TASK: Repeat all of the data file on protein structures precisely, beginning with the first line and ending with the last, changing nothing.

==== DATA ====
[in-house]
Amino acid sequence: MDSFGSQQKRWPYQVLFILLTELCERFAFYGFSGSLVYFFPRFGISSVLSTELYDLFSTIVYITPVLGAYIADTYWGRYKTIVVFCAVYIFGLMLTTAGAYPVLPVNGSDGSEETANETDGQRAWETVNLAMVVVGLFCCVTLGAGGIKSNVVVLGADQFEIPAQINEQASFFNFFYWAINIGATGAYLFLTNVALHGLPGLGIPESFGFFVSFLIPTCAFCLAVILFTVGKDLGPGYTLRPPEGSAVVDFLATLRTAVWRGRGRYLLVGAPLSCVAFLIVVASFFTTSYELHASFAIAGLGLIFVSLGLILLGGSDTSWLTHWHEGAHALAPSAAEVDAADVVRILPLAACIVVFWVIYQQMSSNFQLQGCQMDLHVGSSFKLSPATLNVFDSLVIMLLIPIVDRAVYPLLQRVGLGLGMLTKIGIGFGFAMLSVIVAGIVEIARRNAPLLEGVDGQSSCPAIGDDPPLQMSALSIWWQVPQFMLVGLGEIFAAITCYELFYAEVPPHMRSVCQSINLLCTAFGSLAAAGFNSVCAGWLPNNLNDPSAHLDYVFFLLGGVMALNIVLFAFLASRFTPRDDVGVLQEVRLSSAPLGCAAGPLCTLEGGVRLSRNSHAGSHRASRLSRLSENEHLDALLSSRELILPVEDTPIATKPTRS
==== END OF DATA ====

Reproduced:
[in-house]
Amino acid sequence: MDSFGSQQKRWPYQVLFILLTELCERFAFYGFSGSLVYFFPRFGISSVLSTELYDLFSTIVYITPVLGAYIADTYWGRYKTIVVFCAVYIFGLMLTTAGAYPVLPVNGSDGSEETANETDGQRAWETVNLAMVVVGLFCCVTLGAGGIKSNVVVLGADQFEIPAQINEQASFFNFFYWAINIGATGAYLFLTNVALHGLPGLGIPESFGFFVSFLIPTCAFCLAVILFTVGKDLGPGYTLRPPEGSAVVDFLATLRTAVWRGRGRYLLVGAPLSCVAFLIVVASFFTTSYELHASFAIAGLGLIFVSLGLILLGGSDTSWLTHWHEGAHALAPSAAEVDAADVVRILPLAACIVVFWVIYQQMSSNFQLQGCQMDLHVGSSFKLSPATLNVFDSLVIMLLIPIVDRAVYPLLQRVGLGLGMLTKIGIGFGFAMLSVIVAGIVEIARRNAPLLEGVDGQSSCPAIGDDPPLQMSALSIWWQVPQFMLVGLGEIFAAITCYELFYAEVPPHMRSVCQSINLLCTAFGSLAAAGFNSVCAGWLPNNLNDPSAHLDYVFFLLGGVMALNIVLFAFLASRFTPRDDVGVLQEVRLSSAPLGCAAGPLCTLEGGVRLSRNSHAGSHRASRLSRLSENEHLDALLSSRELILPVEDTPIATKPTRS